If the “more is more” approach is your thing, Dayday Key’s website is a great place to go for inspiration. On top of animation, gradient designs and bright neon accent colors, Key took a daring step back, tapping into a 90s aesthetic. Using many web design trends can be overwhelming, but if you’re making a statement like Key’s, it’s a great way to capture the attention of visitors and show that you’re in-the-know.
17. Ruifa Zenda
From the three dimensional shadow play to the unique imagery and animation, Ruifa Zenda’s impressive site is all about the simplicity of effects. With such versatile skills and style, Zenda’s portfolio displays a diverse variety of works from throughout his career. This is an important thing to keep in mind when creating your own artist website: be sure to include an array of work samples and give visitors a cohesive overview of your professional experience.
18. William LaChance
When parallax scrolling meets video, it’s a winning combination. Add an asymmetrical layout to the mix, and you’re bound to produce an intriguing design. This is exactly what William LaChance proves with his one-of-a-kind artist website. The best thing about LaChance's site is that it’s eccentric design is simultaneously balanced. LaChance pays attention to the principle of hierarchy, ensuring that the most important elements are noticed first.
With a sample of his work at the foreground, Daniel Aristizabal’s solid black background sets the perfect stage. Added animation captivates viewers, encouraging them to continue their scroll. Because Aristizabal’s art needs a full screen to appreciate, the hamburger menu is a great choice. It leaves more real estate for displaying his work, while providing navigation to a contact form, About page and social media accounts.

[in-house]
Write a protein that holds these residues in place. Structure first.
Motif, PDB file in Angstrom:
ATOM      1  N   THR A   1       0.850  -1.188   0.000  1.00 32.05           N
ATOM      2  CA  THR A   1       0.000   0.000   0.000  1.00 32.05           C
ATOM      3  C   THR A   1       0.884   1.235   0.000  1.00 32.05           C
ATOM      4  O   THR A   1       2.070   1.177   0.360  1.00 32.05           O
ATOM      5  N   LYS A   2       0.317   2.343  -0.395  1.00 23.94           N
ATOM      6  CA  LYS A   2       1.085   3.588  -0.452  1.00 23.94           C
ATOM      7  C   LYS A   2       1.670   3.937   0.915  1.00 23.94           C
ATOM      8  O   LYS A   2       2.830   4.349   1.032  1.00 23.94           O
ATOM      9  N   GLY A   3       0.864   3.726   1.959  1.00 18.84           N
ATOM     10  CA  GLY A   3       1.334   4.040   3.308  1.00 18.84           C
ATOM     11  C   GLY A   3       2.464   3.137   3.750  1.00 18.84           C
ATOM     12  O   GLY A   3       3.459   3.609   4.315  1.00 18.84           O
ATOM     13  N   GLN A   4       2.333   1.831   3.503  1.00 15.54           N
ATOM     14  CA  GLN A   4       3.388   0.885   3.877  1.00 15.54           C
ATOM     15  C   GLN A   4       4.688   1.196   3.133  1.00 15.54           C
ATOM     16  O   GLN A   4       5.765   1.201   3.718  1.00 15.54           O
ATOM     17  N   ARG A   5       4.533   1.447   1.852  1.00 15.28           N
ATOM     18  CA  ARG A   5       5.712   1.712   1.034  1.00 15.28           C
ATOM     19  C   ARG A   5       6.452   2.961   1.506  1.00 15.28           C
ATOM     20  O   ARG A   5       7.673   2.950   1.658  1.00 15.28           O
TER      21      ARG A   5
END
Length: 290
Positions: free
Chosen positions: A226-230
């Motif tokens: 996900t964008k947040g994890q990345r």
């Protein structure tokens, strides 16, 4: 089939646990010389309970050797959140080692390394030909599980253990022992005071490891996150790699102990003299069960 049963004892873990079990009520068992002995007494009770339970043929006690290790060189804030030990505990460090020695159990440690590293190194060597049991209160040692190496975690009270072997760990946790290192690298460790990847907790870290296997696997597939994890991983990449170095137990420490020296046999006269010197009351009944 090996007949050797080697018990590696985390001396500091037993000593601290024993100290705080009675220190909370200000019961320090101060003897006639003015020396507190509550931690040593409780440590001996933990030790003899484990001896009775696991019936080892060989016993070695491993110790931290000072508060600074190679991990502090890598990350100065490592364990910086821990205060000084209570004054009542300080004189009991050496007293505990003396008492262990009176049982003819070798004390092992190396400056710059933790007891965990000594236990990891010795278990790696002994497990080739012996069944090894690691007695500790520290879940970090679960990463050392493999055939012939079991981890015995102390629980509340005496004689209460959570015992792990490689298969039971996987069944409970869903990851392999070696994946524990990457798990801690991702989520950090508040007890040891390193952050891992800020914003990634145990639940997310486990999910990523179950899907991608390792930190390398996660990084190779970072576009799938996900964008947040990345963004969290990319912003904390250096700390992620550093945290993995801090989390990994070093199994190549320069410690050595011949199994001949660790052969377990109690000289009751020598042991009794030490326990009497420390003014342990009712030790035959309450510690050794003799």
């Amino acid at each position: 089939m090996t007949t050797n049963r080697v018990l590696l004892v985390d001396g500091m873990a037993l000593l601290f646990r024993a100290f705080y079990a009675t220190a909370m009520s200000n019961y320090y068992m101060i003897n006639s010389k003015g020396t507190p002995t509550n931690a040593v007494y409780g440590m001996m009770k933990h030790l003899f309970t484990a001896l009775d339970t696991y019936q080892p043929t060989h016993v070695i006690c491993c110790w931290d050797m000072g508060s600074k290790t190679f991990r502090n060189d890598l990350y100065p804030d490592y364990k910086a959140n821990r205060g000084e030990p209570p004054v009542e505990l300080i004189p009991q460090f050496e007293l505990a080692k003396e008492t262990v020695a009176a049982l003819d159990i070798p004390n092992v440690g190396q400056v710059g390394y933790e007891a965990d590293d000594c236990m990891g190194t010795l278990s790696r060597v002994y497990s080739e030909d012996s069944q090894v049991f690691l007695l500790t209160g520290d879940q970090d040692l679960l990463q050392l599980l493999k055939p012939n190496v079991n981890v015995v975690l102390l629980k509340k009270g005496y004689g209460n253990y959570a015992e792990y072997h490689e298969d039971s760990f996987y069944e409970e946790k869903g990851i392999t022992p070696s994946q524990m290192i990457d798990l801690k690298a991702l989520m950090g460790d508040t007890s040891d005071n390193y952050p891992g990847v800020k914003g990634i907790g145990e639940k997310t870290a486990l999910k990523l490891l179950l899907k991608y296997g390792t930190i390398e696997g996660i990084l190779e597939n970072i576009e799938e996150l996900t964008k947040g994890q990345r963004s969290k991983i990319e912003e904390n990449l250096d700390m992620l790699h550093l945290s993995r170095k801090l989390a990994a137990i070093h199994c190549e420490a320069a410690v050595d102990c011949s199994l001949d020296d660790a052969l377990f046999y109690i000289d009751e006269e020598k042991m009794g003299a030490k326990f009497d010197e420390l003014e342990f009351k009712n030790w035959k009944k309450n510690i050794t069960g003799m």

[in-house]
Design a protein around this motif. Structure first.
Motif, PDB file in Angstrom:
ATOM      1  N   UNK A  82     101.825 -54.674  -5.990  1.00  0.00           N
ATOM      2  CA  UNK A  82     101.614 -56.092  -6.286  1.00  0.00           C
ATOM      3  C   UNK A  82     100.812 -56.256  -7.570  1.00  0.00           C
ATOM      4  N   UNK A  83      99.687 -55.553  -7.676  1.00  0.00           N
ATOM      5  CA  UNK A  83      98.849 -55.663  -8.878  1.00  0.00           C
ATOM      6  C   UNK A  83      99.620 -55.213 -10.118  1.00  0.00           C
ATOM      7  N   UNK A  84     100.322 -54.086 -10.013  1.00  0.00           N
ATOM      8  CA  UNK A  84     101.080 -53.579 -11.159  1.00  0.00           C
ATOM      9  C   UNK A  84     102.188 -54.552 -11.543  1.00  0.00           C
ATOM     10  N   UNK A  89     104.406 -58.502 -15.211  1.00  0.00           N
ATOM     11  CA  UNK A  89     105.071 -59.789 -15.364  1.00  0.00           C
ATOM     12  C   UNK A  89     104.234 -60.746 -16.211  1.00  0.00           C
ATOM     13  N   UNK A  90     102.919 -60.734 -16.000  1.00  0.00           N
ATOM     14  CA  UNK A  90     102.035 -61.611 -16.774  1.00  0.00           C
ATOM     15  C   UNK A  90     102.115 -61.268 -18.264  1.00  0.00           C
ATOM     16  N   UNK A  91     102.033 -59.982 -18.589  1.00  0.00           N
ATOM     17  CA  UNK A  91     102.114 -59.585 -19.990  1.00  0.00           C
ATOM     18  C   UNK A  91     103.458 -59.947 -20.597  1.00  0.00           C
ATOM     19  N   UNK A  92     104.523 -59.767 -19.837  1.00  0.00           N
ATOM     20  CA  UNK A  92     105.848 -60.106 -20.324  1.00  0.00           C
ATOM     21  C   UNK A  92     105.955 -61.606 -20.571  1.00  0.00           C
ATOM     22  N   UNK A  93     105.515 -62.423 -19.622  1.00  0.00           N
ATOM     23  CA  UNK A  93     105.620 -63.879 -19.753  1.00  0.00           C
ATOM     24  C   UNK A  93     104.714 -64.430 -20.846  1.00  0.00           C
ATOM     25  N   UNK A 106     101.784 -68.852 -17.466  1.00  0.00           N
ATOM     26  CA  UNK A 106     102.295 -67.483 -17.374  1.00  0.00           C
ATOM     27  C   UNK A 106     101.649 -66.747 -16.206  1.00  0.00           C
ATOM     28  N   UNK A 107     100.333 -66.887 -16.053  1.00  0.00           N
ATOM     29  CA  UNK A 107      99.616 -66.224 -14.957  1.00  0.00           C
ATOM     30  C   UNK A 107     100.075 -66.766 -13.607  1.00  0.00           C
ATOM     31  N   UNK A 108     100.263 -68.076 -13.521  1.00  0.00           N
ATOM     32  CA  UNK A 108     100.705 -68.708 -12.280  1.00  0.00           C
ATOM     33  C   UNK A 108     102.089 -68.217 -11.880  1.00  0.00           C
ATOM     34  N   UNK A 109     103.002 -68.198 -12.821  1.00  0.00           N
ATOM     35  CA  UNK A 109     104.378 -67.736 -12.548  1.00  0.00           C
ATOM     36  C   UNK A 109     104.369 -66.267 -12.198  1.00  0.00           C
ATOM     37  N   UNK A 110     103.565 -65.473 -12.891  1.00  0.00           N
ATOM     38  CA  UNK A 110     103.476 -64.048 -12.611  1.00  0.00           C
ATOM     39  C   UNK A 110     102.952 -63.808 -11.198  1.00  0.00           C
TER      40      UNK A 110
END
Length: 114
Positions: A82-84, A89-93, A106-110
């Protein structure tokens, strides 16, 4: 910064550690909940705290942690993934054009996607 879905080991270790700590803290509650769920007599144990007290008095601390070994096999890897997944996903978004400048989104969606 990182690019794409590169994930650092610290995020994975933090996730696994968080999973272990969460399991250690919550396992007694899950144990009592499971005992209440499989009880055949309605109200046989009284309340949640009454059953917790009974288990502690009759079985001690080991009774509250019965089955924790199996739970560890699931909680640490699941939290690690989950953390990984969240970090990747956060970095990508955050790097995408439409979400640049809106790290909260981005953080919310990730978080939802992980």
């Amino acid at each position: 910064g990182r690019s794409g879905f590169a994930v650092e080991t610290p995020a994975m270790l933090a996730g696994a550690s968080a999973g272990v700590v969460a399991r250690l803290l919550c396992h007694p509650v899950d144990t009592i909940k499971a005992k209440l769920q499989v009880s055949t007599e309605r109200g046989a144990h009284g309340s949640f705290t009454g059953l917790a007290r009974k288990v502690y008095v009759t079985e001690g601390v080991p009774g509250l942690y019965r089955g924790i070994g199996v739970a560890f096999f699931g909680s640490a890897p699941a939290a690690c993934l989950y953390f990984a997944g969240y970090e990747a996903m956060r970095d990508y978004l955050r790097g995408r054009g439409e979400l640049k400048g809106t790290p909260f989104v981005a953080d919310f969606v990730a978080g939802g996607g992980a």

Hedof is a one-man illustration studio by Rick Berkelmans, whose impressive list of clients includes names like The New York Times, YouTube and Facebook. Berkelmans’ artist website features a light grey background, which is a clever alternative to white when you want to differentiate your site from the crowd. In any case, the color scheme on this site is spot on—grey is the perfect match for Hedof’s navy blue logo.
21. Pierre Brault
Enticing videos greet visitors on Pierre Brault’s artist website. We love the futuristic choice of font, which seems in line with the artist’s stylistic approach. Brault’s use of a drop down menu is an effective way to show visitors how to find what they need, while the hover effects add a bit of sophistication to the site.
By Jenna Romano
Web Design Expert & Writer